Women Weigh in on Breast-Conserving Surgery
Patients Surveyed Less Likely Than Doctors to Report Excellent Results After Breast Conservation Surgery
Nov. 3, 2010 (San Diego) -- Fewer women are satisfied with the appearance of their breast after undergoing breast conservation surgery and radiation than previously reported by doctors.
That's the main finding of an anonymous Internet-based survey of more than 1,000 patients.
"The surveyed women also reported higher rates of lingering pain and swelling than expected," says researcher Christine Hill-Kayser, MD, assistant professor of radiation oncology at the Abramson Cancer Center of the University of Pennsylvania in Philadelphia.
Over the past two years, 1,046 women filled out the Web questionnaire that can be accessed by anyone, she says. About half had undergone breast conservation surgery and radiation.
Among the findings:
- 16% rated the appearance of their treated breast as "excellent, identical to the other breast."
- 52% said it was "good, with minimal differences from the other breast."
- 30% said "fair, with obvious differences from the other breast."
- 2% said the appearance of the treated breast was "poor."
Doctors Cite Good or Excellent Results in Most Cases
"There was no difference between these answers and those of surveyed women who underwent mastectomy and reconstructive breast surgery," Hill-Kayser says.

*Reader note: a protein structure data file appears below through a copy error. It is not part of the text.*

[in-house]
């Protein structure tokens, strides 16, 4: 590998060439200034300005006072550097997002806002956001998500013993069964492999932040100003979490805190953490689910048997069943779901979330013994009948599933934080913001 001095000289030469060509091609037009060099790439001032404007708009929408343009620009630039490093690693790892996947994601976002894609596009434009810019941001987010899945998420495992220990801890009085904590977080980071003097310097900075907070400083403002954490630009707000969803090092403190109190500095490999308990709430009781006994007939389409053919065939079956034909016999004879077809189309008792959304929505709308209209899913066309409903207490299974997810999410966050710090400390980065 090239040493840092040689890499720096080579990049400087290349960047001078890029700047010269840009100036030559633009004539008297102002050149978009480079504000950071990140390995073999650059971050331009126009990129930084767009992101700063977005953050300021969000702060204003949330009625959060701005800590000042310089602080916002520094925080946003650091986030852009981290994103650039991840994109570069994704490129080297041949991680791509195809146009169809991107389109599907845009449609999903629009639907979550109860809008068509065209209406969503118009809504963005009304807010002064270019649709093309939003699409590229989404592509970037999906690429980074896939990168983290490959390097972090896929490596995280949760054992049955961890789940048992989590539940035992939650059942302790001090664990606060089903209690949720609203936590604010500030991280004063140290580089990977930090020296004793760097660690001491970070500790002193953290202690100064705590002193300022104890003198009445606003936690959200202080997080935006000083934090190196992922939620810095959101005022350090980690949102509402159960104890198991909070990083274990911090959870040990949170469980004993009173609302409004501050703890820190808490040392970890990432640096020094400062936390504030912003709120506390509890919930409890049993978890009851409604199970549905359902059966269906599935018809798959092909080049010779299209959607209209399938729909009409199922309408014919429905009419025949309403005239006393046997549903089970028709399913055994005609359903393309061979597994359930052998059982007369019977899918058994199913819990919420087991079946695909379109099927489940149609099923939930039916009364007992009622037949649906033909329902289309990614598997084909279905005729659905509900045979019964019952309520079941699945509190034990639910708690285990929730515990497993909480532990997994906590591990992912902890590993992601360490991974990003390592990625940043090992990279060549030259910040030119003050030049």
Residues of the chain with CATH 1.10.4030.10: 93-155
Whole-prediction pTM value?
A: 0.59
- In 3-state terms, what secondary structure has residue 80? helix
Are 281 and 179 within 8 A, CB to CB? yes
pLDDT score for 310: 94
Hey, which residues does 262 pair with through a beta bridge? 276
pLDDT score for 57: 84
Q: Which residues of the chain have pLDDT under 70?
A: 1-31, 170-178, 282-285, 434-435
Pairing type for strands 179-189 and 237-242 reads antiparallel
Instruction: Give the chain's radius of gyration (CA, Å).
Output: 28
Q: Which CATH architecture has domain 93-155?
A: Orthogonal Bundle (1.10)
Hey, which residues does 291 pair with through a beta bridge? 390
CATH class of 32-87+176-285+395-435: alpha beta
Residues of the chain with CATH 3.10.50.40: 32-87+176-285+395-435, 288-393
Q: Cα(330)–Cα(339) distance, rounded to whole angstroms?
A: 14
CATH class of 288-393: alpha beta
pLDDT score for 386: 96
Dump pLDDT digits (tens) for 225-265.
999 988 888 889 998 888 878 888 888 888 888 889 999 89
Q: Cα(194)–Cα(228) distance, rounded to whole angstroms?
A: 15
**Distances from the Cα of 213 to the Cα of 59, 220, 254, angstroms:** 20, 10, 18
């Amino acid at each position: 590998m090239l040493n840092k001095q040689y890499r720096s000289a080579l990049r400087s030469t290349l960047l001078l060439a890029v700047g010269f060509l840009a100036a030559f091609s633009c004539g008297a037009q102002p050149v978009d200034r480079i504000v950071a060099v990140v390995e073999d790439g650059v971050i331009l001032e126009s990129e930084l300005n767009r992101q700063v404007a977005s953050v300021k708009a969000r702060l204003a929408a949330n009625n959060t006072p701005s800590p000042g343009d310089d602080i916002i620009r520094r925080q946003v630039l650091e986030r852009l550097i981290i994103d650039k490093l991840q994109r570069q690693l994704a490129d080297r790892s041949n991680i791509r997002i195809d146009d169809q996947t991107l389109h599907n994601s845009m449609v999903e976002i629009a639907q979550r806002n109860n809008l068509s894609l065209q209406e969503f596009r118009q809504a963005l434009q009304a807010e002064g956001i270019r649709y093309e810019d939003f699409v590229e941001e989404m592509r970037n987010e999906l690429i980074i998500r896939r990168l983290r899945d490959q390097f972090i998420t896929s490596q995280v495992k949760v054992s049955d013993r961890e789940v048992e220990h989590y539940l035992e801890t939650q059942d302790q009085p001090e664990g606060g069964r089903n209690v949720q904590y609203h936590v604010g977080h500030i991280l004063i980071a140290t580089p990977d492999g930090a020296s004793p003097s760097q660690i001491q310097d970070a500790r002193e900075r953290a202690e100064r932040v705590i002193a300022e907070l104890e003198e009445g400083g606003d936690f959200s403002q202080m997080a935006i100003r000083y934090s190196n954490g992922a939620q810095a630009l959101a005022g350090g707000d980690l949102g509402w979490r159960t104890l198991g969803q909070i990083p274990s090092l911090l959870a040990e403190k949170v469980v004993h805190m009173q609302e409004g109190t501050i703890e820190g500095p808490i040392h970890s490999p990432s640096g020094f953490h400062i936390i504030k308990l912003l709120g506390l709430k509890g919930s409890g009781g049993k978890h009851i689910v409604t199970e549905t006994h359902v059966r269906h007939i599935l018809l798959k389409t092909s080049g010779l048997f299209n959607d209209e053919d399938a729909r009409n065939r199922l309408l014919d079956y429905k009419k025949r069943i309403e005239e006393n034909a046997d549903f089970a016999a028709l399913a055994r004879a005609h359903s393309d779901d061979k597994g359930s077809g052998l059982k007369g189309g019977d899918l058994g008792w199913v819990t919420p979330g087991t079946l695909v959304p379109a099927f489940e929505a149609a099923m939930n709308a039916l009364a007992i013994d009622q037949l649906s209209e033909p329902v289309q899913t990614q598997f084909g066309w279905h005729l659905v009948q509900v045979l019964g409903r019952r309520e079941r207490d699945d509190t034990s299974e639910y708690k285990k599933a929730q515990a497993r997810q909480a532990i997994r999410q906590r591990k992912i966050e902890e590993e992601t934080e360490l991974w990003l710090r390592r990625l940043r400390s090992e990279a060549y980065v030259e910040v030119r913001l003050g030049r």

In contrast to these results, doctors rated more than 90% of their patients treated with breast-conserving surgery as having "excellent" or "good" cosmetic results in a recent study, she says.
Hill-Kayser tells WebMD that she thinks doctors are more likely to feel they have eradicated the cancer and preserved the breast and that is an “excellent” outcome.
"Women queried may have higher expectations because they are talking about their own body and body image," she says.
Hill-Kayser was surprised that the cosmetic ratings were basically identical among women who underwent breast conservation surgery and radiation compared with women who had a mastectomy and reconstructive surgery.
"As surgical techniques have improved, reconstruction results have become excellent," she said. "Mastectomy isn't the debilitating surgery it used to be."
Hill-Kayser spoke here at the annual meeting of the American Society for Radiation Oncology.